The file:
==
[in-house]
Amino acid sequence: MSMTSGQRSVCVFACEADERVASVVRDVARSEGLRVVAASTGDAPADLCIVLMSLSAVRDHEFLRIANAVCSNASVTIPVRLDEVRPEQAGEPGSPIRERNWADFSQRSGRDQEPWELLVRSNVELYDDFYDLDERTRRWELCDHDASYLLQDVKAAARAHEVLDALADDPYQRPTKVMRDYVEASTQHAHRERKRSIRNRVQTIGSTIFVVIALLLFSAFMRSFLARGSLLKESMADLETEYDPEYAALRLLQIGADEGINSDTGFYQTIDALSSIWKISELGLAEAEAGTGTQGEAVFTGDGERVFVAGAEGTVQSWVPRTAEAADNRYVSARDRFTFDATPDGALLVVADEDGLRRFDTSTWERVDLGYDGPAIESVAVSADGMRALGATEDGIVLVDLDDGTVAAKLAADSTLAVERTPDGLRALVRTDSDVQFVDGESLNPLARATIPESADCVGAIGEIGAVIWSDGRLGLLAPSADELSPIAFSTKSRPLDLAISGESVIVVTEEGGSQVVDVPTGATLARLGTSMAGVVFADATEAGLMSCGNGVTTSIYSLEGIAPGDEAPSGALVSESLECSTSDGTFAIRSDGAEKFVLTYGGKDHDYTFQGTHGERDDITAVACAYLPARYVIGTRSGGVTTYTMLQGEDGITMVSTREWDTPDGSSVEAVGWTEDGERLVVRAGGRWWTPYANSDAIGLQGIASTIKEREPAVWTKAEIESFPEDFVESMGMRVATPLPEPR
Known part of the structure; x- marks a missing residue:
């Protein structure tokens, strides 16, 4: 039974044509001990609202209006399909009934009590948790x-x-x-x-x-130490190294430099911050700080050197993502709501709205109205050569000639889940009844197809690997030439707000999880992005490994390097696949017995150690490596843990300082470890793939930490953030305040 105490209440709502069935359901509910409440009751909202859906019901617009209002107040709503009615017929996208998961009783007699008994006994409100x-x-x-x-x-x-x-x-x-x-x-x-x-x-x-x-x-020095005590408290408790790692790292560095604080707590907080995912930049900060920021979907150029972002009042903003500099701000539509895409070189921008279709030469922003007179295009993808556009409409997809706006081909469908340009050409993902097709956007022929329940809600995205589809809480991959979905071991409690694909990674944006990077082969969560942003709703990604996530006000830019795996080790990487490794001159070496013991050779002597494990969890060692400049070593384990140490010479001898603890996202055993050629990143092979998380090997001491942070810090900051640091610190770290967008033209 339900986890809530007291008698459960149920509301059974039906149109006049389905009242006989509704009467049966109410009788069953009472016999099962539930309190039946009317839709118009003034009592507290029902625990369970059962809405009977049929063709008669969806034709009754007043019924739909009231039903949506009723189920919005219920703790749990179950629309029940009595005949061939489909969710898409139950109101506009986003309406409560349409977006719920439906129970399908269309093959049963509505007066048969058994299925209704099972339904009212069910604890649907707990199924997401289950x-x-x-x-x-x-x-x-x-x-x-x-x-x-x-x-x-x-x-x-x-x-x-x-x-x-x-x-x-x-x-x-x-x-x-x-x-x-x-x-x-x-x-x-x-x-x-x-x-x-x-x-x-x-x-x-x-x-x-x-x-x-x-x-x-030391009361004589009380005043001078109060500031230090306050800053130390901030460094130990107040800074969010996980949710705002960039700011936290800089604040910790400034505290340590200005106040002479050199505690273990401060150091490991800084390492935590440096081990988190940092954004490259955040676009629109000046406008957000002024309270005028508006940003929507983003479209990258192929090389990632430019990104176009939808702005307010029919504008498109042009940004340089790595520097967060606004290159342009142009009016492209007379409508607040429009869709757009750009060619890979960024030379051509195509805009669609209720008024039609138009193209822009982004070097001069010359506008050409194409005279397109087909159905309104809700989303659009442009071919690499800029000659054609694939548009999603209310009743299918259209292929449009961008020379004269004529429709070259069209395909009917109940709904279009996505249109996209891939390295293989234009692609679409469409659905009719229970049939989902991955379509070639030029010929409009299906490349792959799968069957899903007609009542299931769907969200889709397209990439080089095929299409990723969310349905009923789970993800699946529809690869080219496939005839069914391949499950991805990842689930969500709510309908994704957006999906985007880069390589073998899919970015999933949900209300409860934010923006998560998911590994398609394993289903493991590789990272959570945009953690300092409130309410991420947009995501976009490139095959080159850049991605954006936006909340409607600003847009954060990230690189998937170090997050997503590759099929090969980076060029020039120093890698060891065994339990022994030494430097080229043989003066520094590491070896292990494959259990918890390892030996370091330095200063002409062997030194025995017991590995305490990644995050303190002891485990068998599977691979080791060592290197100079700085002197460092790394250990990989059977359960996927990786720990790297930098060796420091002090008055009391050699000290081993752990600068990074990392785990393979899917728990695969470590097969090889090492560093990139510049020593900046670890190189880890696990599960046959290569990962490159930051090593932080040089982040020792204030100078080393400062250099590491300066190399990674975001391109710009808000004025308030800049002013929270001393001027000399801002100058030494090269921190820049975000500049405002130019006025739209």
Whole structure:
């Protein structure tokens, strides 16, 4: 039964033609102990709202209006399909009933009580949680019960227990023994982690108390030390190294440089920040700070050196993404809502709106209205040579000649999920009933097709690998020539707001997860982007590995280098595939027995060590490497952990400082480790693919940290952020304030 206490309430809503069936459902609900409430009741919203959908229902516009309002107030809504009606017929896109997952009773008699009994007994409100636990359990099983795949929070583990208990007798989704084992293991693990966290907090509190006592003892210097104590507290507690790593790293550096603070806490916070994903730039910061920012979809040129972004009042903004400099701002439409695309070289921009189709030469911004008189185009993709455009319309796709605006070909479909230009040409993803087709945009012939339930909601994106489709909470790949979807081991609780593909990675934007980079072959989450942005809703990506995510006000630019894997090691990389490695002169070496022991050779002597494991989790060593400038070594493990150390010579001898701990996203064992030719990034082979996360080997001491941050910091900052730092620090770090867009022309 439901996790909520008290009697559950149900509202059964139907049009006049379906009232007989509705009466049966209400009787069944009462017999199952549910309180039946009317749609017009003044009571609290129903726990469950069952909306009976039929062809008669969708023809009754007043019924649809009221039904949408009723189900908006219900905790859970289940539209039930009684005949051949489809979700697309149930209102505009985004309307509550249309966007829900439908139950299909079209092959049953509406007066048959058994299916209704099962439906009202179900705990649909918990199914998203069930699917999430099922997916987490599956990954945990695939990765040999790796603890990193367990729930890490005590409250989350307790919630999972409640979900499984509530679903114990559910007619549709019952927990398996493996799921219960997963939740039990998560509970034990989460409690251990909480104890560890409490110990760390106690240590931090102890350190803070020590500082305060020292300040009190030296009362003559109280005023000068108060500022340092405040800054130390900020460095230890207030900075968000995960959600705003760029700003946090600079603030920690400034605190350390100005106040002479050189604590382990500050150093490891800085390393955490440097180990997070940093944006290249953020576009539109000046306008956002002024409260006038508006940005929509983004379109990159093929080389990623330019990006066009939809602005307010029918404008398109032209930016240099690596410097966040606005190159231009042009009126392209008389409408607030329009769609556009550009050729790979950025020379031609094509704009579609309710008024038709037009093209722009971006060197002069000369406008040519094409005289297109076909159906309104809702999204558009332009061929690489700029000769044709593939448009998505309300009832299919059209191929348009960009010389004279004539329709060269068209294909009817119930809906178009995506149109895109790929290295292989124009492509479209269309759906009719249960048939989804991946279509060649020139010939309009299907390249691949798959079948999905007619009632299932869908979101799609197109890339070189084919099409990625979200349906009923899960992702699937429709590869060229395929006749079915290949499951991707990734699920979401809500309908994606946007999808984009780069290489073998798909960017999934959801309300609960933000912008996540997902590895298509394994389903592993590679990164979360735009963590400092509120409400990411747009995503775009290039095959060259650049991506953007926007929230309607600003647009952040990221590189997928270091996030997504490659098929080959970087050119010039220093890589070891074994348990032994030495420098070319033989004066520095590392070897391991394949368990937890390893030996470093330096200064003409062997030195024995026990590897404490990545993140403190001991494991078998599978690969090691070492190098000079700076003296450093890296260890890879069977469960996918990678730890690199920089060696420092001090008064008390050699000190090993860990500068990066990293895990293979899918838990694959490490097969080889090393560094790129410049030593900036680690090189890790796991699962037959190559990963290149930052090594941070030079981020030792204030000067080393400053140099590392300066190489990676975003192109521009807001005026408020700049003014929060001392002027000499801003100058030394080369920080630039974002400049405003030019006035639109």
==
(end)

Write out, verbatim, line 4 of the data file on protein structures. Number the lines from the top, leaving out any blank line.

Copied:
């Protein structure tokens, strides 16, 4: 039974044509001990609202209006399909009934009590948790x-x-x-x-x-130490190294430099911050700080050197993502709501709205109205050569000639889940009844197809690997030439707000999880992005490994390097696949017995150690490596843990300082470890793939930490953030305040 105490209440709502069935359901509910409440009751909202859906019901617009209002107040709503009615017929996208998961009783007699008994006994409100x-x-x-x-x-x-x-x-x-x-x-x-x-x-x-x-x-020095005590408290408790790692790292560095604080707590907080995912930049900060920021979907150029972002009042903003500099701000539509895409070189921008279709030469922003007179295009993808556009409409997809706006081909469908340009050409993902097709956007022929329940809600995205589809809480991959979905071991409690694909990674944006990077082969969560942003709703990604996530006000830019795996080790990487490794001159070496013991050779002597494990969890060692400049070593384990140490010479001898603890996202055993050629990143092979998380090997001491942070810090900051640091610190770290967008033209 339900986890809530007291008698459960149920509301059974039906149109006049389905009242006989509704009467049966109410009788069953009472016999099962539930309190039946009317839709118009003034009592507290029902625990369970059962809405009977049929063709008669969806034709009754007043019924739909009231039903949506009723189920919005219920703790749990179950629309029940009595005949061939489909969710898409139950109101506009986003309406409560349409977006719920439906129970399908269309093959049963509505007066048969058994299925209704099972339904009212069910604890649907707990199924997401289950x-x-x-x-x-x-x-x-x-x-x-x-x-x-x-x-x-x-x-x-x-x-x-x-x-x-x-x-x-x-x-x-x-x-x-x-x-x-x-x-x-x-x-x-x-x-x-x-x-x-x-x-x-x-x-x-x-x-x-x-x-x-x-x-x-030391009361004589009380005043001078109060500031230090306050800053130390901030460094130990107040800074969010996980949710705002960039700011936290800089604040910790400034505290340590200005106040002479050199505690273990401060150091490991800084390492935590440096081990988190940092954004490259955040676009629109000046406008957000002024309270005028508006940003929507983003479209990258192929090389990632430019990104176009939808702005307010029919504008498109042009940004340089790595520097967060606004290159342009142009009016492209007379409508607040429009869709757009750009060619890979960024030379051509195509805009669609209720008024039609138009193209822009982004070097001069010359506008050409194409005279397109087909159905309104809700989303659009442009071919690499800029000659054609694939548009999603209310009743299918259209292929449009961008020379004269004529429709070259069209395909009917109940709904279009996505249109996209891939390295293989234009692609679409469409659905009719229970049939989902991955379509070639030029010929409009299906490349792959799968069957899903007609009542299931769907969200889709397209990439080089095929299409990723969310349905009923789970993800699946529809690869080219496939005839069914391949499950991805990842689930969500709510309908994704957006999906985007880069390589073998899919970015999933949900209300409860934010923006998560998911590994398609394993289903493991590789990272959570945009953690300092409130309410991420947009995501976009490139095959080159850049991605954006936006909340409607600003847009954060990230690189998937170090997050997503590759099929090969980076060029020039120093890698060891065994339990022994030494430097080229043989003066520094590491070896292990494959259990918890390892030996370091330095200063002409062997030194025995017991590995305490990644995050303190002891485990068998599977691979080791060592290197100079700085002197460092790394250990990989059977359960996927990786720990790297930098060796420091002090008055009391050699000290081993752990600068990074990392785990393979899917728990695969470590097969090889090492560093990139510049020593900046670890190189880890696990599960046959290569990962490159930051090593932080040089982040020792204030100078080393400062250099590491300066190399990674975001391109710009808000004025308030800049002013929270001393001027000399801002100058030494090269921190820049975000500049405002130019006025739209």